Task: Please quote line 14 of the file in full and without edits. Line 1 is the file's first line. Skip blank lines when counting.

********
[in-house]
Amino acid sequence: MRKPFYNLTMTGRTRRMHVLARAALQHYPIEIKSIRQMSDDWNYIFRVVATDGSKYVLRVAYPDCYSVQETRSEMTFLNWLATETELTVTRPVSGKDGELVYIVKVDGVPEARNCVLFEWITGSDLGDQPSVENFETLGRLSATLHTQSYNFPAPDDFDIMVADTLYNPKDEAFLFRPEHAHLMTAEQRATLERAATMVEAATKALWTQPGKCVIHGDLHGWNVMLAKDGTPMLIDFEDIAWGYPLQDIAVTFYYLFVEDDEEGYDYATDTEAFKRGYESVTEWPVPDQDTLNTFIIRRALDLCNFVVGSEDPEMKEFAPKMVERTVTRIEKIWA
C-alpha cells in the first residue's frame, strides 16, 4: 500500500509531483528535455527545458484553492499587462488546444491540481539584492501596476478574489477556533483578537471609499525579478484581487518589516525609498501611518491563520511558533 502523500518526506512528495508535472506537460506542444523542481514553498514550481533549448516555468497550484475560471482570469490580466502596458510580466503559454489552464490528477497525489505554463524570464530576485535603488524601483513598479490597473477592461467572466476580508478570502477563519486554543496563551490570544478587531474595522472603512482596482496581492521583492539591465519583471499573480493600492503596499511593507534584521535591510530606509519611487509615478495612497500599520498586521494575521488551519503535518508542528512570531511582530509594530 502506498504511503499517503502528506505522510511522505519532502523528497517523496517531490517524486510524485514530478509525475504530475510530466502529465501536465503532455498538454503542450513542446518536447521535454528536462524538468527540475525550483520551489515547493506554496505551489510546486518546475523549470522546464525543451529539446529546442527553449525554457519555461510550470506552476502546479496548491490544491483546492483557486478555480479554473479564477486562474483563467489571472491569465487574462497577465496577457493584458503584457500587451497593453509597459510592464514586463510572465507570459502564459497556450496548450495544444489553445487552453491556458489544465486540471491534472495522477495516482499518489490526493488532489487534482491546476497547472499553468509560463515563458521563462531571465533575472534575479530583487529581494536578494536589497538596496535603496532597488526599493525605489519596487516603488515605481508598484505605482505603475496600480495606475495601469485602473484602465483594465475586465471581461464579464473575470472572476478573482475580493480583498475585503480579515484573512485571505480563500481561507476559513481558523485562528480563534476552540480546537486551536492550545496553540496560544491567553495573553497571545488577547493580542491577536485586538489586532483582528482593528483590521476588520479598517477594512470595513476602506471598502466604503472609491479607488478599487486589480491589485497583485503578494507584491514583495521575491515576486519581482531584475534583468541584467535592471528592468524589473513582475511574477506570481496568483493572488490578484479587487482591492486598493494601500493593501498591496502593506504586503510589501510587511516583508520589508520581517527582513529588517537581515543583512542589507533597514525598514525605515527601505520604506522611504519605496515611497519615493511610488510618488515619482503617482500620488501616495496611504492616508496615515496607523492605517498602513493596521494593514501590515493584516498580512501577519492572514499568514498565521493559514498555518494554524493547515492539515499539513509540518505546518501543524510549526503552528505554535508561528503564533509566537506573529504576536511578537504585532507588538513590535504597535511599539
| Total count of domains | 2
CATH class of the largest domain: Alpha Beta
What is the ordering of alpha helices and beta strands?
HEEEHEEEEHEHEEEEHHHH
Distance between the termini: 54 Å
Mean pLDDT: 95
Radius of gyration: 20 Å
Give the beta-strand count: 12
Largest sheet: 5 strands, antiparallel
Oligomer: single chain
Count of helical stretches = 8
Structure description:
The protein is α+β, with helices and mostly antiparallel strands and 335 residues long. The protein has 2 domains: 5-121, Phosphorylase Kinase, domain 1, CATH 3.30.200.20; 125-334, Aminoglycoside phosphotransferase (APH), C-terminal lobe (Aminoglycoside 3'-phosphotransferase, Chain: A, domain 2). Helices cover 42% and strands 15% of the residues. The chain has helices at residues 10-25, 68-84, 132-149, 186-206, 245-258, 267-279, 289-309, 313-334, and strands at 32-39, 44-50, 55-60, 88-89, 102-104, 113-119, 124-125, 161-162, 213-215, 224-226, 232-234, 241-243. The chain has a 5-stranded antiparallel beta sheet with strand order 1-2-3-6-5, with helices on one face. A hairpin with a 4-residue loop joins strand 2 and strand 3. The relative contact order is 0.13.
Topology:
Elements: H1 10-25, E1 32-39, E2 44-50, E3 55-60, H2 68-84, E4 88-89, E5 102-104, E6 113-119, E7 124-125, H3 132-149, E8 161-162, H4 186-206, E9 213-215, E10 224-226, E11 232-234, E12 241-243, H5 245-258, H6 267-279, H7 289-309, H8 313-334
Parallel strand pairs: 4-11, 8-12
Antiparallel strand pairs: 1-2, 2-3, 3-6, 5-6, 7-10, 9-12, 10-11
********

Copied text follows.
Count of helical stretches = 8